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00000181-fa79-da89-a38d-fb7f2b910000KUOW is joining forces with other Seattle media outlets to highlight the homeless crisis in the city and region on Wednesday, June 29, 2017.The effort was modeled after a collaboration by more than 70 San Francisco outlets to focus a day of news attention on the issue and possible solutions.Read more about the Seattle project and check out our coverage below. Follow the city's coverage by using #SeaHomeless.HighlightsThe Jungle: an ongoing coverage project going into the notorious homeless encampment under Interstate 5.Ask Seattle's Homeless Community: KUOW is launching a Facebook group where anyone may ask a question about homelessness, but only people who have experienced it may answer. This was inspired by a recent event KUOW co-presented with Seattle Public Library and Real Change, where residents of the Jungle answered audience questions. No End In Sight: an award-winning investigative project from KUOW about King County's 10-year plan to end homelessness.

The day Seattle Nice died

Tents are shown as people gathered to protest the sweeps of homeless camps in November, 2017, at City Hall in Seattle.
KUOW Photo/Megan Farmer
Tents are shown as people gathered to protest the sweeps of homeless camps in November, 2017, at City Hall in Seattle.

Let May 2, 2018, be known as the day that Seattle Nice died.

On Wednesday night, the day after May Day, residents packed a city council hearing at a United Methodist church in Ballard. The topics: homelessness and the city’s proposal to tax large corporations (read: Amazon) to build more affordable housing.

Read: Seattle just voted for a shrunken ‘head tax’

The audience booed, jeered and shouted down council members. At one point, the entire room erupted into an angry chant: “OP-EN MIC. OP-EN MIC.” They wanted to ask questions into a microphone rather than write them on notecards.

Within minutes, the meeting turned into a cacophony of grievances that Seattleites have quietly nursed for years. The city has taken off like a rocket, but the buzz is wearing off, and a feeling of exhaustion now hangs over the city.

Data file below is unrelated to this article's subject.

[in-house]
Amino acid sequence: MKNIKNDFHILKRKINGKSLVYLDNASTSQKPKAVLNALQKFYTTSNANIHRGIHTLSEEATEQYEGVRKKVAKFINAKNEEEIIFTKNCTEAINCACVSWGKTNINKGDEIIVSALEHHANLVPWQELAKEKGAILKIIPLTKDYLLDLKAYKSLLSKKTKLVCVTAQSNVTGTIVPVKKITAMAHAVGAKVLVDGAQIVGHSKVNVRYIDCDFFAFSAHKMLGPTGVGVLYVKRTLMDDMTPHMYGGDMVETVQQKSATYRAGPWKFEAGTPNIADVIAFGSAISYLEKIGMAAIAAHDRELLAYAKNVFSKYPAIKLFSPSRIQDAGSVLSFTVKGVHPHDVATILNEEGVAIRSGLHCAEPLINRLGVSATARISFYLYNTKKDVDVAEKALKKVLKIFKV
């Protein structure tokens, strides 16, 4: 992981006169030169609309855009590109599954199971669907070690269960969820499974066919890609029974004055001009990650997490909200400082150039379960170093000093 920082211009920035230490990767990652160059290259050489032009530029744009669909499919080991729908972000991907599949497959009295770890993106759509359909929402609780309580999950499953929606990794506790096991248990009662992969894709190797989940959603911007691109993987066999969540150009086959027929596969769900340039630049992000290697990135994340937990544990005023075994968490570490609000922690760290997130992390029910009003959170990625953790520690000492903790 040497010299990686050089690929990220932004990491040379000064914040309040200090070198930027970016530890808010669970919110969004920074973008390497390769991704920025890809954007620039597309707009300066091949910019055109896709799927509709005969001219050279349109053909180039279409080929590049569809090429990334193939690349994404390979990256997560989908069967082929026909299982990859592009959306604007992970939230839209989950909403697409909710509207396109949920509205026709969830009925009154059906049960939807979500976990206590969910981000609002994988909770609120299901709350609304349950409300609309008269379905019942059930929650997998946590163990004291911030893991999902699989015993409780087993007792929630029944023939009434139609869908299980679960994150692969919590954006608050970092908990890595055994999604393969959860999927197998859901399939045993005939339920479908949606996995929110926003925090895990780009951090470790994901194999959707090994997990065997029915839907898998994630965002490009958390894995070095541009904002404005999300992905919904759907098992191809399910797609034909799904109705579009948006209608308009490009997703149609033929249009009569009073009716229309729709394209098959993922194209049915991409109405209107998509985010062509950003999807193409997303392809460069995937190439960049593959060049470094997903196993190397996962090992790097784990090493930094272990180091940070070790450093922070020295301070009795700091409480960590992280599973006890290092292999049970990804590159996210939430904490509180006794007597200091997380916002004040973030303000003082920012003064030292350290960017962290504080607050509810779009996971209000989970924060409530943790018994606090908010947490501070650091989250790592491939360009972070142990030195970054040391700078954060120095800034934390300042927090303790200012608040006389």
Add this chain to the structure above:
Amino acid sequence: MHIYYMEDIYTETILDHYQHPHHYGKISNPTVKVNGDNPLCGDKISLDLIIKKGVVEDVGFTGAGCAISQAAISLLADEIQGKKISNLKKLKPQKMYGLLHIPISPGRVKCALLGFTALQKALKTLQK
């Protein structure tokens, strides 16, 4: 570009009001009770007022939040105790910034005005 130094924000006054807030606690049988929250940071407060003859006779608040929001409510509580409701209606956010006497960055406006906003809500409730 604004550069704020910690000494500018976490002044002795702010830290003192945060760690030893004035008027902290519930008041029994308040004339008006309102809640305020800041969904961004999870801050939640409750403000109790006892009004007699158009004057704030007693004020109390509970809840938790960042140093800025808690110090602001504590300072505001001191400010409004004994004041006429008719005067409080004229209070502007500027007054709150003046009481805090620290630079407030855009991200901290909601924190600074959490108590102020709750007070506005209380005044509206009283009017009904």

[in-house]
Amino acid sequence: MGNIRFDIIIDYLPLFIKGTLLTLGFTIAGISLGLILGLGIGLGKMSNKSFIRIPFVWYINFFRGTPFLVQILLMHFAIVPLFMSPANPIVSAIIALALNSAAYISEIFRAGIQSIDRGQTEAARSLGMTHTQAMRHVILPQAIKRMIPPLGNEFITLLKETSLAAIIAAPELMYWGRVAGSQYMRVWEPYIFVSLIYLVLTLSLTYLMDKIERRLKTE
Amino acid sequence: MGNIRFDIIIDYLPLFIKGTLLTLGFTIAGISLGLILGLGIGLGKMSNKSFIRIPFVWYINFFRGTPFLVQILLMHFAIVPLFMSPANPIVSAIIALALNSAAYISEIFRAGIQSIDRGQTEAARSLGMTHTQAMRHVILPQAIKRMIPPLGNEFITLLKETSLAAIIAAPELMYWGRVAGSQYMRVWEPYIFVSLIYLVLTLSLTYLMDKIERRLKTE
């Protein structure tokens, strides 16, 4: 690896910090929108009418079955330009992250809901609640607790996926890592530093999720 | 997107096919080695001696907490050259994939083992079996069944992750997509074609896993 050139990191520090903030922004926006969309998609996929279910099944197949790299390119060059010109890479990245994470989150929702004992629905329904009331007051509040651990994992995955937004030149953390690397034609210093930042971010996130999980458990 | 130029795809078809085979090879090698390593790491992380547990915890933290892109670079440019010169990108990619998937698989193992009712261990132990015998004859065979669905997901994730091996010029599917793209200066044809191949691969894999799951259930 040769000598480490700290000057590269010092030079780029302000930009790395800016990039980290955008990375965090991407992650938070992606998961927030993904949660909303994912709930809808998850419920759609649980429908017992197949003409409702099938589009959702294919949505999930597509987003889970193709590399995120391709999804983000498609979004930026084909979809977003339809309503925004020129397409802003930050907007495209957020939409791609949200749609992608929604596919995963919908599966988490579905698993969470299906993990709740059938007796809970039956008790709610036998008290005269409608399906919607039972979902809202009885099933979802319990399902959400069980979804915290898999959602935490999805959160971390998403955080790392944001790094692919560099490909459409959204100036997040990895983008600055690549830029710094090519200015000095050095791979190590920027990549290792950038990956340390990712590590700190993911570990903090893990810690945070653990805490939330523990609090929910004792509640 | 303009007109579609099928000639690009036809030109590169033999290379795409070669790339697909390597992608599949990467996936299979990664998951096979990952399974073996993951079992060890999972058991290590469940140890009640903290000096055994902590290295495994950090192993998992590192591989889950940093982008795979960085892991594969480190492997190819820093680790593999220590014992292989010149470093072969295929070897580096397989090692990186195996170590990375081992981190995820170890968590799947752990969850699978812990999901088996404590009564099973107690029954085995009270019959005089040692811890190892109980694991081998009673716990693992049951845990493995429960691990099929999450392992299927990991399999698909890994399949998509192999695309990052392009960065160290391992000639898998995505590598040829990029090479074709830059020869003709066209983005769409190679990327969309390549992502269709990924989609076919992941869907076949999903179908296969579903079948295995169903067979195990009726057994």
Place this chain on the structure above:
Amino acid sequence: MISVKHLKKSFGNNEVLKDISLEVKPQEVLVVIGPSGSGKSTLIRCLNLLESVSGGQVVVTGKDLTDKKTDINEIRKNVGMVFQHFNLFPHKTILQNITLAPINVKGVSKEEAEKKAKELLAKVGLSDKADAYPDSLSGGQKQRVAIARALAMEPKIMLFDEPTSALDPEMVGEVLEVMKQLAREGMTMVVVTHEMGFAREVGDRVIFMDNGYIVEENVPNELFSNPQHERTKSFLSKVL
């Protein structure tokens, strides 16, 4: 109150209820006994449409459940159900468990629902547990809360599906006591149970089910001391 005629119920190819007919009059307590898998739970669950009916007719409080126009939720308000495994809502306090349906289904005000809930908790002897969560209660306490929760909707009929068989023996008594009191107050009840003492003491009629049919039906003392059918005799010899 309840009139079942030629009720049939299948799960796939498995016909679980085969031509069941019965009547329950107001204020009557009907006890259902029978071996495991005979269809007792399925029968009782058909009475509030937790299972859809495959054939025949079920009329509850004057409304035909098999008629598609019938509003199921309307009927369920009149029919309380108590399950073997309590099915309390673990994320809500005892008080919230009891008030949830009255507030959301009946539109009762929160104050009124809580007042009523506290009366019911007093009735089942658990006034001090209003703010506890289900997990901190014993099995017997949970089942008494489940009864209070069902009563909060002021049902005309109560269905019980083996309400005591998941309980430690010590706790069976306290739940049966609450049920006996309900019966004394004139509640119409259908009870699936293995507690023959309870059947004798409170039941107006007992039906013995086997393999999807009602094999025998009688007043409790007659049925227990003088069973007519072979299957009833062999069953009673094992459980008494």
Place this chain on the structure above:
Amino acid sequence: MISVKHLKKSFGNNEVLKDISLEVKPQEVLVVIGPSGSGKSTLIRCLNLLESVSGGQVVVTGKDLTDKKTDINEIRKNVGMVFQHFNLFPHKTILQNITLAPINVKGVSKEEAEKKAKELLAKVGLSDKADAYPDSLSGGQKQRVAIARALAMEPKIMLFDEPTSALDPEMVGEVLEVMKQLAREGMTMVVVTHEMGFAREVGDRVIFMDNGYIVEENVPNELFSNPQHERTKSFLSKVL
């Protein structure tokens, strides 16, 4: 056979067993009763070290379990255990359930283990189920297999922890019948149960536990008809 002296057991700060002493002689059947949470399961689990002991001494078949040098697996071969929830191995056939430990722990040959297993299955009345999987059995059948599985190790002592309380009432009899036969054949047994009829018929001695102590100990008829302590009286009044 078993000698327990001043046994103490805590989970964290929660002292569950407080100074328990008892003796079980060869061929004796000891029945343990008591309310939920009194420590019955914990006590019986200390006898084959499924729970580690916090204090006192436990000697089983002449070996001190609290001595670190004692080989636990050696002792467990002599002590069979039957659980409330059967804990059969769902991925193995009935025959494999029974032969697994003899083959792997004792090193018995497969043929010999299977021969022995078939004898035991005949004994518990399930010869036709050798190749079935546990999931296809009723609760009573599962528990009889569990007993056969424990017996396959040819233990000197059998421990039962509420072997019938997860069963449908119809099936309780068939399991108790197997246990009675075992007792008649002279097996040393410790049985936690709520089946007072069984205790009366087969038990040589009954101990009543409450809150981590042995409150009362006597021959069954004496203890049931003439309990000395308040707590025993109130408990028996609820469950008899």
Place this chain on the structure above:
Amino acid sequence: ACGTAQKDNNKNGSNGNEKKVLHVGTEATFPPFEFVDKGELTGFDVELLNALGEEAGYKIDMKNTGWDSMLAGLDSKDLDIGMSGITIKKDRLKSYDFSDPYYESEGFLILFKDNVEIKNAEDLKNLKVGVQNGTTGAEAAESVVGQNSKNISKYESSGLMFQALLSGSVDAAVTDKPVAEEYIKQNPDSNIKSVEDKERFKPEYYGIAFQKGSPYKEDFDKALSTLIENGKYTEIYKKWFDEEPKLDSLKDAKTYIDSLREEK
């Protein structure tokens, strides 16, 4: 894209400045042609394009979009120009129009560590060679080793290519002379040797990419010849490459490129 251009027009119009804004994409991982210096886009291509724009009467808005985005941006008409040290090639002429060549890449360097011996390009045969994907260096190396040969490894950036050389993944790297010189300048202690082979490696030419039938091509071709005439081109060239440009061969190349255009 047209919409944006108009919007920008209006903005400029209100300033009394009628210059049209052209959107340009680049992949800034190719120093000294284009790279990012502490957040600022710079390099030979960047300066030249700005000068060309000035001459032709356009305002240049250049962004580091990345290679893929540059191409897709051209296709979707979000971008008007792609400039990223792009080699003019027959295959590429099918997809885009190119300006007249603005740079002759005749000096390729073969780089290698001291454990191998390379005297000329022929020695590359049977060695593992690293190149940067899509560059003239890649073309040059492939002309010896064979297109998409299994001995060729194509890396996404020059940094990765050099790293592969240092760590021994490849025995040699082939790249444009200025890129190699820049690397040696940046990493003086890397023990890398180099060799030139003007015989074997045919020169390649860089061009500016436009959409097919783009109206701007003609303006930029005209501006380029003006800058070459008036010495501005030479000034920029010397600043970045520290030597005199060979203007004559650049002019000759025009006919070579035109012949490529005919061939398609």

Residents are tired of the traffic, of discarded heroin needles, of 911 dispatchers telling them to figure it out, of human feces in parks, of homeless tents lining traffic medians, of real estate bidding wars, of increasing property taxes to pay for these problems (but then nothing getting better), of the din of construction, of the constant dust, of the rats that sneak into basements because of the development next door, of the box house going up and blocking the sunlight.

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The refrain, more constant than rain, has become the heartbeat of this formerly working class, Wild West town: What is happening to my city?

At the meeting, which was recorded by KOMO-TV, a woman shared her story: “Last October, I got a bill to raise my property taxes, and I couldn’t do that and pay my mortgage too. I lost my house. I had that house for 28 years. There’s got to be a different way for them to get money and help people.”

The meeting came hours after Amazon announced that it is halting construction on buildings downtown. The buildings would house 7,000 employees.

“I’m a lifelong Democrat. I’ve never been so fed up and disgusted and embarrassed for my city,” a man said, addressing the council. “Now Amazon starts packing up and leaving because of you guys. …

“We’re getting called Nazis and NIMBYs by your colleague Debora Juarez” – City Council member – “just look at the cemeteries in her district. They’re getting crapped on and there are needles everywhere. Those are Jewish cemeteries. How do you think they feel about that?”

Audience members punched the air. City Council members maintained their poise, which did little to assuage anyone. Rub your hands together instead of clapping, the moderator insisted. The audience roared their disapproval.

In “C is for Crank,” Erica C. Barnett described the scene like so:

“LIES!” several people screamed. A speaker said he owned a home in Ballard and supported the tax. “SHILL!” “PLANT!” “PHONY!” the crowd roared.

Councilmember Mike O’Brien, the target of the audience ire, said the “head tax,” as it’s being called, was about fairness:

When I talk to homeowners, what I hear is the property tax too high. When I talk to renters, I hear that the rent too high. When I talk to small businesses, I hear it’s a competitive, cutthroat environment out there. When I look at Amazon’s profits in the first quarter of last year, where they made more than $2 billion, and I look at the folks doing well in this environment, that seems like a fair system to me. We designed a tax that seems fair. Amazon has done a lot of good for our community, but I also believe they’ve benefited immensely from our community. That prosperity needs to be shared.

The audience was unmoved.

“Every year there’s a new tax or levy for the same thing,” said a woman. “Last year was the $290 million housing levy. What happened to the $290 million levy?”

Some at the meeting said they were mortified by the crowd's behavior.

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“I’m a member of this church,” said Susan Helf. “I’ve never been to a public meeting where I’ve seen so much disrespect to the people making the presentation.”

As the audience booed, Helf kept going.

“You would think that rather than having your property taxed, you would want to tax rich people,” she said.

The audience grew louder.

“I see,” she said, seemingly buoyed by their disdain. “So blaming poor people for what’s going on is like blaming Syrian refugees for ISIS. Amazon is ISIS.”

The audience began to shout. Helf burst out laughing.

“I wish you would be more like kindergarteners than over-entitled rich white people,” she said.

Amazon declined to comment.

A vote for passage is scheduled for May 14.